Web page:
Figure 2. The bronze plaque next to the main door reads: ‘The Australian Gas Light Company built this two story brick building as part of the Carburetted Water Gas Plant in 1899.’ Image courtesy of the author.
Figure 3. The former AGL Energy Ltd. main office. The Jenkins Street entrance plaque reads: ‘The Australian Gas Light Company built its first works on this site. Sydney’s streets were first lit by gas supplied from these works on 24 May 1841.’ In the background, the façade of 30 The Bond, Hickson Rd, Millers Point and the tops of the white remediation tents on Hickson Road and Crown Casino. Image courtesy of the author.
Figure 4. The atrium of 30 The Bond highlights an exposed sandstone rock face, a retained feature of the gasworks, while the lower section of the parallel wall contains a series of glass panels addressing the industrial history of the site. Image courtesy of the author.

The commemoration of the gasworks’ industrial legacy at Millers Point selectively features aspects of its former industrial history, with certain materials exposed for their historical aesthetic qualities (such as the sandstone wall). Meanwhile, others are invisible, such as the contaminants that remained on the site (including polycyclic aromatic hydrocarbons (PAHs); benzene, toluene, ethylbenzene and xylenes (BTEX); total petroleum hydrocarbons (TPHs); ammonia; phenol; and cyanide). These chemicals, which have the potential to perform as human carcinogens and toxic substances in aquatic ecosystems, were found to be spread through groundwater which was reported to periodically leach into the basement of The Bond apartments and potentially also Darling Harbour (see Environment Protection Authority). However, as The Bond complexes are currently enclosed by construction works, tensions are illuminated between the untroubled commemoration of industry and the role of industrialisation in actively shaping the large-scale remediation efforts in the present.  

Figure 5. 30 The Bond complexes visible alongside the white remediation tent. Image courtesy of the author.

The dominant historical narrative constructed through the site’s internal signage emphasises past industrialisation and heritage preservation. But the continuing chemical infrastructures of the site – specifically the underground coal tar tanks and groundwater contamination – are not acknowledged. It is important that these chemical afterlives of infrastructure are acknowledged, since the chemical and institutional legacies of former energy infrastructures are not hermetically sealed off from the present. Also, AGL remains one of the big three energy suppliers in Australia. These sites, therefore, offer a chance to reflect on the continuing presence of disused infrastructures and the role of memorialisation as a process to ‘purify’ chemical inheritances.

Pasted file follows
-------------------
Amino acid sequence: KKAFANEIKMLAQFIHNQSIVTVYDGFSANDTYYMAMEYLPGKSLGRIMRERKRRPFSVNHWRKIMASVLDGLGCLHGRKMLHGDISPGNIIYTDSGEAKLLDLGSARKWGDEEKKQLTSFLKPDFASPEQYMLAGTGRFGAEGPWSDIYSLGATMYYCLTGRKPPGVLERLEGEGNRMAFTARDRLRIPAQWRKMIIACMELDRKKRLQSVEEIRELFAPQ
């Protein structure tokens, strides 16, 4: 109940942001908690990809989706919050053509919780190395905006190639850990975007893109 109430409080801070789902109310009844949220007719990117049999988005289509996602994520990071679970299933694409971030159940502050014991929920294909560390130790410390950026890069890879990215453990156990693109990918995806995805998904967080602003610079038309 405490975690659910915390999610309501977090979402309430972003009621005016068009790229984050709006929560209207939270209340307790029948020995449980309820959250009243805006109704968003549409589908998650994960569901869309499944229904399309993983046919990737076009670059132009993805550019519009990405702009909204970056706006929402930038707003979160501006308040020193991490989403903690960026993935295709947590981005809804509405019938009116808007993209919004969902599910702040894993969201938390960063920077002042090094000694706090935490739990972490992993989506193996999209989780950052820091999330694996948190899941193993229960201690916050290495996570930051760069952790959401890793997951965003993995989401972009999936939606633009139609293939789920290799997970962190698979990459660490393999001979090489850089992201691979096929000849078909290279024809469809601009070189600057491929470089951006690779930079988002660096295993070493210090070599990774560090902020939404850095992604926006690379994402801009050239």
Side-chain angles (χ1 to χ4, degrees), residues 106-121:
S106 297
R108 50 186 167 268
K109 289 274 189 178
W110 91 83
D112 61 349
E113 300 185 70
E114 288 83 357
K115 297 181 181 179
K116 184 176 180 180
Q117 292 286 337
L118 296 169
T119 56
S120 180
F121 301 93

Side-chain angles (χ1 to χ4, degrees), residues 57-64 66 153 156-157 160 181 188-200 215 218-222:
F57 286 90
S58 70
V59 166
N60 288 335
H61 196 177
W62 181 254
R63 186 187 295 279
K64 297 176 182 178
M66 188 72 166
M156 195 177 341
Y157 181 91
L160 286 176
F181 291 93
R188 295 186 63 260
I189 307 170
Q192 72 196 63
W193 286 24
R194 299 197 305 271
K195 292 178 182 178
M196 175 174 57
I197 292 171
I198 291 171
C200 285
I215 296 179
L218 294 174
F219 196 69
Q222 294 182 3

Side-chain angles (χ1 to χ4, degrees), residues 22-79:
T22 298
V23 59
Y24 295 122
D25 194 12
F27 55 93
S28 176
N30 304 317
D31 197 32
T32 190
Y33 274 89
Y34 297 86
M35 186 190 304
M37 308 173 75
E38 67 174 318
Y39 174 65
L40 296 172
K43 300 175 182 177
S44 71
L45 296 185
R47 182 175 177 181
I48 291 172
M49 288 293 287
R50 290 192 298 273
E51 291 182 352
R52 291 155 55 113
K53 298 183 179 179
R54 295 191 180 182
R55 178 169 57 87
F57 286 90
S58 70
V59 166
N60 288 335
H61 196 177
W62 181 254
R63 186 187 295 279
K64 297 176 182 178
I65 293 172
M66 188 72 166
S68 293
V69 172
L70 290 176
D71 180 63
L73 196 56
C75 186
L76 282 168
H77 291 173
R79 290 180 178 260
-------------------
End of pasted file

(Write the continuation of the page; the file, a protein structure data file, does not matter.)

Figure 6. Exterior signage describes how the legacy of contamination might become visible:
‘Why does it smell? When the gasworks were decommissioned almost 100 years ago the above ground structures were removed, however contaminated materials including coal tar were left in the ground. As we remediate the contamination, odours will be released from the remaining coal tar.’ Image courtesy of the author.

Aside from literal signage highlighting danger and risk, the treatment of the landscape communicates the typically unseen hazardous histories it contains. This work of remediation is undertaken in white tented areas and is visible in the misting jets used to control odour. The spectacle of remediation is tempered by techniques of containment and cloaking; after the event, this risk mitigation will become difficult to perceive.

Figure 7. Hickson Road cut through the site of the gasworks and now provides a dividing line for the Western side of the site (right), which was decontaminated by late 2018, and the Eastern side (left), which is still undergoing remediation. Image courtesy of the author.

Little Manly Point Gasworks

The site of the Little Manly Point Gasworks is now a park commemorating the area’s industrial heritage. The plaque at the entrance (Figure 8) states: ‘This park commemorates the Manly Gasworks (1885-1964). It was once a bustling industrial site which produced gas and light for the area and is part of the local heritage of Manly.’ Reverence for the contribution of this technology to modernity is clearly evident, with multiple plaques performing historical work by marking the transformation of Sydney into a modern city. Akhil Gupta (2018) argues that while infrastructure often functions ‘as an index of modernity and symbol of development’, such logics typically fail to consider the afterlives of infrastructure (68).

Figure 8. A plaque welcoming the visitor to Little Manly Point. Image courtesy of the author.

The industrial land-turned-wasteland was finally opened as parkland in 1992. With the landscape now mostly cleared of its visible industrial past, the plaques act as reminders, and as modes of encoding the landscape with particular narrations of time. Signage throughout the park positions the reader in the industrial history of the site and asks the viewer to participate in tracing this history while they visit. But within the dominant cultural narrative, that is, one that espouses the gifts of modernity gained through industrialisation, the sign can also serve as a signifier of pollution.